A REPUTATION FOR EXCELLENCE
Written by Amelia Jeffers
Photography by Stacie Mosley
When a reputation for excellence seems to be imprinted on your DNA, you tend to gravitate toward others who rank among the very best in their field. Such was the case when racing phenom Jeg Coughlin, Jr. sought to create a serene sanctuary on 130+ acres in Delaware County, where he could escape the rigors of a demanding lifestyle with friends and family. Calling on lauded architect George Acock, acclaimed builder Ralph Fallon and celebrity interior designer John Barman, Coughlin knew he could expect a residence that would not only stand out among the finest homes in central Ohio, but would also deserve recognition in the most aspirational design magazines.
Known as the “Godfather” of the local architecture scene, George Acock has mentored some of the biggest names in design and construction today. In 2015, Acock was elected by his peers to the American Institute of Architects College of Fellows, one of the highest honors an architect can achieve – a reflection of significant contributions to his work and community. Acock only works with the best, and as anyone in the custom home world will attest, it doesn’t get any better than Ralph Fallon.
“Ralph is in a league of his own,” says Brian Kent Jones, an architect with a standout reputation of his own. “He is the elite, and operates at a ridiculously high level, maintaining relationships with profoundly talented craftspeople who have been around for decades and have generations of background.”
Rounding out the cast of creatives tapped by Coughlin, New York-based interior designer John Barman has been described as one of the most “coveted” decorators in the country. Continually honored as one of the “AD100 by Architectural Digest, Barman interiors are marked by contemporary glamour and unrestrained luxury, while integrating the unique personality of a property and its owner.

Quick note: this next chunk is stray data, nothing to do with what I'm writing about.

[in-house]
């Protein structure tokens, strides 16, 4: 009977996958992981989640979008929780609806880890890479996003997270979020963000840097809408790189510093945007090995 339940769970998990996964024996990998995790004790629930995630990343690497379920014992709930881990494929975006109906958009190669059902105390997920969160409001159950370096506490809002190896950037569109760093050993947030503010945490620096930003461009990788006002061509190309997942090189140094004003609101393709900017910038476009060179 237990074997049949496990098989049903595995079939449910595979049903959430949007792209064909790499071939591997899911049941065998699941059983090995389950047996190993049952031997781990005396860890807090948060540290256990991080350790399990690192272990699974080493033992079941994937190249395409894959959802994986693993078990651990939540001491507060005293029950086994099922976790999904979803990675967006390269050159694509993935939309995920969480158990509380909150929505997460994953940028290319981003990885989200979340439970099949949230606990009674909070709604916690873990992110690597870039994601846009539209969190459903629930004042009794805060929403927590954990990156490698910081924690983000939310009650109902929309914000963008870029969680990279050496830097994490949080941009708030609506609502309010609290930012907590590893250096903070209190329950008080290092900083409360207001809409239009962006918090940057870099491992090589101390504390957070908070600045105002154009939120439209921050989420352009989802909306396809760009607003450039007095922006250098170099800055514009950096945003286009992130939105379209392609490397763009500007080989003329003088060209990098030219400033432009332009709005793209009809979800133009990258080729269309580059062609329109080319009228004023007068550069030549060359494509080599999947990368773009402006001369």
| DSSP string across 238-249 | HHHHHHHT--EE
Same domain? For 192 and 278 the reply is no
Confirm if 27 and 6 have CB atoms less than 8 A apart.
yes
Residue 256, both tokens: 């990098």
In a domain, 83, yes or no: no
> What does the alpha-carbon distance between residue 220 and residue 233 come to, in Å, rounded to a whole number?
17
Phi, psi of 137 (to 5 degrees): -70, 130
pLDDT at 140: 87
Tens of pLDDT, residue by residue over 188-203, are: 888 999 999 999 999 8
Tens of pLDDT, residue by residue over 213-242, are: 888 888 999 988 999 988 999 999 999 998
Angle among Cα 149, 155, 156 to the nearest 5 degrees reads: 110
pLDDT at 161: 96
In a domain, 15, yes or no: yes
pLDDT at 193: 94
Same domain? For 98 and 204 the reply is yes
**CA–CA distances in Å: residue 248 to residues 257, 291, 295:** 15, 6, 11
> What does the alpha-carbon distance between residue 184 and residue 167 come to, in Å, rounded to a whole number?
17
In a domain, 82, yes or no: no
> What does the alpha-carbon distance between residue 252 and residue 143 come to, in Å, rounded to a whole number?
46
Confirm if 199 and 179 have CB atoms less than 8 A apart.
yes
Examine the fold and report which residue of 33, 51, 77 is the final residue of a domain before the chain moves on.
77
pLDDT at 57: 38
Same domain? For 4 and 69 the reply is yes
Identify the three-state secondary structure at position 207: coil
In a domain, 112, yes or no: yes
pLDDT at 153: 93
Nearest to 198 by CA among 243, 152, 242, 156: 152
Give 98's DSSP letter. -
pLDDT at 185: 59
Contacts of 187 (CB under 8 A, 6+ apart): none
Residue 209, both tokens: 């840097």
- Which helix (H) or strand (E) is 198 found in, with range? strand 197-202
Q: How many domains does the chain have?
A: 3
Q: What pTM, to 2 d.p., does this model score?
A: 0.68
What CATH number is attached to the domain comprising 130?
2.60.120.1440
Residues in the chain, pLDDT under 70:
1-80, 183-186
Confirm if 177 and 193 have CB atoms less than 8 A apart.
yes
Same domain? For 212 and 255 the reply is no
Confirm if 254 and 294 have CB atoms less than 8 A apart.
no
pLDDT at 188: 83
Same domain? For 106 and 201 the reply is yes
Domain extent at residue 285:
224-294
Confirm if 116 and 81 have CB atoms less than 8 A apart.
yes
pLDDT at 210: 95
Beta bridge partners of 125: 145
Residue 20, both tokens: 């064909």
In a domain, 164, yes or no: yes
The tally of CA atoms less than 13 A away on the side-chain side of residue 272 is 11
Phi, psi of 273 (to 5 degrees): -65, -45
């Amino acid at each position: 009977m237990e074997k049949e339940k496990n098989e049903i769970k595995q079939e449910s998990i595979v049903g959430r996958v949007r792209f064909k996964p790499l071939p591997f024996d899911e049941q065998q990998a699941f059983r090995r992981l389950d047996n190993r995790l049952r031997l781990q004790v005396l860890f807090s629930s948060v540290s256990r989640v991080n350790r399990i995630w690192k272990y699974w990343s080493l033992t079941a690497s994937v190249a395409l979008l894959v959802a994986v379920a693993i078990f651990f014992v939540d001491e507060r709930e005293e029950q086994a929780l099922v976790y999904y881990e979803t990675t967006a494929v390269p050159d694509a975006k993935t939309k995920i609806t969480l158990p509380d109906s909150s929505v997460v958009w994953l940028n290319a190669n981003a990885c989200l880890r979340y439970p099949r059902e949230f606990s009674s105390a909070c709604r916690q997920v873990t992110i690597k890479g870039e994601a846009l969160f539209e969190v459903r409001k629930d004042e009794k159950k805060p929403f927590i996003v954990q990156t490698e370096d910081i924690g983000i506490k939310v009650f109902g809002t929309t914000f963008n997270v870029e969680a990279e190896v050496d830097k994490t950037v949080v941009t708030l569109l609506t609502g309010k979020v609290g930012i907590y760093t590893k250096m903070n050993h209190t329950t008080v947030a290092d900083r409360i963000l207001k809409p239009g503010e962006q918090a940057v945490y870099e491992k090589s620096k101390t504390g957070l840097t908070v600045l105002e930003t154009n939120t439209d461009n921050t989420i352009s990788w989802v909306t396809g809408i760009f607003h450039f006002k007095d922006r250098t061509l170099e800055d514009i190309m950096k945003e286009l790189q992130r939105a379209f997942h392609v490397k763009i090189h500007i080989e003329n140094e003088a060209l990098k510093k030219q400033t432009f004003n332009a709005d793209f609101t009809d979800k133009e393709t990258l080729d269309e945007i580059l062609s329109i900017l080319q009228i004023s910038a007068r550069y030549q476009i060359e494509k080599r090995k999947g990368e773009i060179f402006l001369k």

The trio succeeded in constructing a property that is even more memorable than its address at 4000 Olentangy River Road. Uber-secluded (just minutes from the headquarters of his family’s eponymous business), the nearly 15,000 square foot main residence sits at the end of a long and winding drive amidst a picturesque landscape that includes wooded ravines, open pasture, and a multi-tiered lake replete with waterfall – all enclosed by a privacy gate and fence.
Utilizing the finest materials is a given on a project of this magnitude; yet the most basic combinations of wood, stone, and glass have been elevated to achieve what can only be described as an architectural work of art. Taking inspiration from homes in Maine, Florida and New York (more the Hamptons than Manhattan), the classic American farmhouse has been reinterpreted on a generous scale, flooded with natural light and designed for modern living.
Warm, inviting spaces anchored by vast views of the lush landscape are connected via amply-proportioned skylighted corridors. Architectural Digest calls it “pure Americana,” but it feels like pure luxury. Cool limestone walls, heated travertine floors and rich mahogany woodwork provide the backdrop for classically elegant furnishings that meet the bold architecture’s demand for restrained elegance. Beyond the exuberant accomplishments in design and aesthetic, Coughlin and his crew incorporate everything one would expect in an extravagant abode: chef ’s grade kitchen (with butler’s pantry/ catering kitchen, of course), indulgent master suite, library, rec and theater rooms, wine cellar and plenty of garage for a fleet of cars. But they didn’t stop there. An emphasis on wellness and relaxation is evident with a meditation room, exercise room and spa, indoor heated lap pool, tennis and basketball courts and a bowling alley in the nearby party barn.
Walking the grounds of Coughlin's picture-perfect American dream, it is easy to wax philosophical. Socrates said “the way to gain a good reputation is to endeavor to be what you desire to appear.” By the looks of the incredible achievement at 4000 Olentangy River Road, their reputation for excellence appears to be well-suited to Coughlin and crew.